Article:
History & Culture

Brief Timeline Tracing the Establishment of the Willamette National Forest

Year What Happened

1891

(March 3) – Forest Reserve Act

1893

Cascade Range Forest Reserve was established, extending from the Columbia River nearly to the California border. Thirty-six Forest Reserves were established in the west at this time.

1897

Organic Act

1905

Authority for National Forests was transferred from Dept of Interior to the Department of Agriculture. Agriculture Appropriations Act changed name to Forest Service.

1907

Changed names of Forest Reserves to National Forests.  The Cascade Forest Reserve was divided into the Oregon, Cascadia and Umpqua National Forests

1910

Gifford Pinchot, the first Chief of the Forest Service, was fired by President Taft

1911

Santiam and Cascade NF were established out of the former Cascadia National Forest, covering the same general land area as the future and current Willamette National Forest. Headquarters for the 2 forests were in Albany and Eugene, respectively.  Acting Forest Supervisor for the Santiam was FH Brundage, until he was replaced by CC Hall as the official “first” in 1916. CC Hall enjoyed his summer headquarters at Fish Lake Remount Station.  At the Cascade NF, Smith Bartrum was the first Forest Supervisor. 

1933

(July 1) The Willamette National Forest was established.  At 1,666,998 acres it was the largest national forest in Oregon and was comprised of 5 Ranger Districts:  West Boundary, Oakridge, McKenzie Bridge, Detroit, and Cascadia.

More Resources

History of the Willamette National Forest: This comprehensive book written by Lawrence & Mary Rakestraw covers history of the Willamette National Forest from 1891 to 1988. Electronic version courtesy of Forest History Society

The Forest Service - Pacific Northwest Region Flickr site: historic photos from across the region, including from the Willamette National Forest.

Forest Service Historical Photograph Collection

National Forest Service Historic Photo Archives

Features

Santiam Wagon Road: Linking Landscapes and Livelihoods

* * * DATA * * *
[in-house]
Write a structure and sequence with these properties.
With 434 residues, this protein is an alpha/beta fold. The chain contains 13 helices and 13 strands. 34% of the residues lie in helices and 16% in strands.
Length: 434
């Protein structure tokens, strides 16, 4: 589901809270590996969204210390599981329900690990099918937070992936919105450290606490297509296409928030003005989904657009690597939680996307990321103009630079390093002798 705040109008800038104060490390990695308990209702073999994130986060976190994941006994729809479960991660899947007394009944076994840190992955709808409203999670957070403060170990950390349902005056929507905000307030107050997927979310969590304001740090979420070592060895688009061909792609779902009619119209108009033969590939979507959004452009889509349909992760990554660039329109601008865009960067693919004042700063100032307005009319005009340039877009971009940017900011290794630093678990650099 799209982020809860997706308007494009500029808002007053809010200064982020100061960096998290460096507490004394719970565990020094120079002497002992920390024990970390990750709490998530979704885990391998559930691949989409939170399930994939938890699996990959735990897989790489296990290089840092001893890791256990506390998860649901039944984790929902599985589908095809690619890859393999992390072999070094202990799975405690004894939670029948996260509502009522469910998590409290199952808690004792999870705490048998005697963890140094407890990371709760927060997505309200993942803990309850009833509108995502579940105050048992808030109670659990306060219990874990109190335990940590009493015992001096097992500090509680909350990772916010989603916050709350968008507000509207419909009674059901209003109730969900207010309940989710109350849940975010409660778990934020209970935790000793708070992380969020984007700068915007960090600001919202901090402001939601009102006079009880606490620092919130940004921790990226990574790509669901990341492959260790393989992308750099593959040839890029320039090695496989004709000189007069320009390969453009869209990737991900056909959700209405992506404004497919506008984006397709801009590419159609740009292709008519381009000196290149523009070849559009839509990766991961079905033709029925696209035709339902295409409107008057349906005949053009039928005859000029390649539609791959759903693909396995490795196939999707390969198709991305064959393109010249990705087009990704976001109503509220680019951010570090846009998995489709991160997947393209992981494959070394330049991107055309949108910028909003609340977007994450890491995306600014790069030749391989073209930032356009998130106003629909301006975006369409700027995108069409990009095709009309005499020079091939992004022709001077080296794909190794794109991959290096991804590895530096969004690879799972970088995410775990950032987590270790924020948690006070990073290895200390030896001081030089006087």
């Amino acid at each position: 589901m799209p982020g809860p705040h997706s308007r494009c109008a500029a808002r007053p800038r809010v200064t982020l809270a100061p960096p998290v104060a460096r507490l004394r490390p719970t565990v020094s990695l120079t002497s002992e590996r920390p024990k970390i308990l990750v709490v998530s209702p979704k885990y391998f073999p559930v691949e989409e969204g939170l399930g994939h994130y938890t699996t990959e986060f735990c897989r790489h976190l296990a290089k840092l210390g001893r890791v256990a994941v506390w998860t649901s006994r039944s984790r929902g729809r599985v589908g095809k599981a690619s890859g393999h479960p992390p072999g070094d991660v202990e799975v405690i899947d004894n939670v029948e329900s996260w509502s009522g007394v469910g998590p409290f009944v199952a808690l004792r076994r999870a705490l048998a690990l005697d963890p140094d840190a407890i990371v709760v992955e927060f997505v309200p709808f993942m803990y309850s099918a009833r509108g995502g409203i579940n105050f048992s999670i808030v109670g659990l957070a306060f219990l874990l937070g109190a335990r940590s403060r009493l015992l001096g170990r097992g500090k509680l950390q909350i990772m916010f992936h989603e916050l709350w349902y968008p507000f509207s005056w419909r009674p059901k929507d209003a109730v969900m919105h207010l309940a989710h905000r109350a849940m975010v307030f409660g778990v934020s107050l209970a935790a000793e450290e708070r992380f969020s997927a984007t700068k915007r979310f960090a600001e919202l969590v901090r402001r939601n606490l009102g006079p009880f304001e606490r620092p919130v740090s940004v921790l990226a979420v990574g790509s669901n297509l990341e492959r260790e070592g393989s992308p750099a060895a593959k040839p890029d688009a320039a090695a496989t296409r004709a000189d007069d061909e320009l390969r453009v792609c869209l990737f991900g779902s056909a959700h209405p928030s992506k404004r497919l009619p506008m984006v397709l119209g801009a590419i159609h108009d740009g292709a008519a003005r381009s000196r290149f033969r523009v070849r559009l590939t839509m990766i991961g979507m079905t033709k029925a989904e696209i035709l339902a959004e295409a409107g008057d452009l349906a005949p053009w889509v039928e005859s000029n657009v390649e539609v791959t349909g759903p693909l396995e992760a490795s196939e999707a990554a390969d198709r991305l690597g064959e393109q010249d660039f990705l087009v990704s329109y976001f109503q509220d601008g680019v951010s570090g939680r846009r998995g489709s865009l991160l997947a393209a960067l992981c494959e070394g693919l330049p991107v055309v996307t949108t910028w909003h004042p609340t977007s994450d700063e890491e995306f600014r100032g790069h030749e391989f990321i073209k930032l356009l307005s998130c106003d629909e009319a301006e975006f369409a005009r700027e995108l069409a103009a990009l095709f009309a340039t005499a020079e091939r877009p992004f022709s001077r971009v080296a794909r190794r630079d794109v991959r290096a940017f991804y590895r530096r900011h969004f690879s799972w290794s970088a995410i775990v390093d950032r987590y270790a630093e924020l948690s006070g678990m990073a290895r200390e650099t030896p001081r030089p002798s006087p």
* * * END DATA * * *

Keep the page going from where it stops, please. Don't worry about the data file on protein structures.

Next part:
Photo of group horseback riding along the Santiam Wagon Road

The Santiam Wagon Road holds an interesting and unique place in Oregon’s history. Unlike other wagon roads that were built to bring settlers to the Willamette Valley, this road was designed to lead settlers and their livestock eastward to the rich pasture lands of Central Oregon and to markets throughout eastern Oregon and Idaho.

It served as the primary means of transportation across the central Cascade Mountains for most of the 74 years (1865-1939) it was in use. The road served as a livestock, freight and stage route facilitating trade, commerce, and communication, which significantly contributed to the economic enhancement and settlement of both regions.

Today it is a valued treasure listed on the National Register of Historic Places. Along the route you can explore what early travelers experienced on their journey through the central Cascades. Many access points can be found along Highways 20 and 126, which follow the original route of the wagon road.


Santiam Pass Ski Lodge

1938 Enroute to Hoodoo Butte

The USDA Forest Service is entrusted with the responsibility of preserving cultural resources, and have nominated the site to be included in the National Register of Historic Places.   On May 10th, 2018, the Willamette National Forest signed the operating plan and special use permit for the restoration of the Santiam Pass Ski Lodge. The new permittees, Sue and Dwight Sheets will be working with community members and foundations to renovate the CCC-built lodge to its former condition...Learn more.


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https://www.fs.usda.gov/main/willamette/learning/history-culture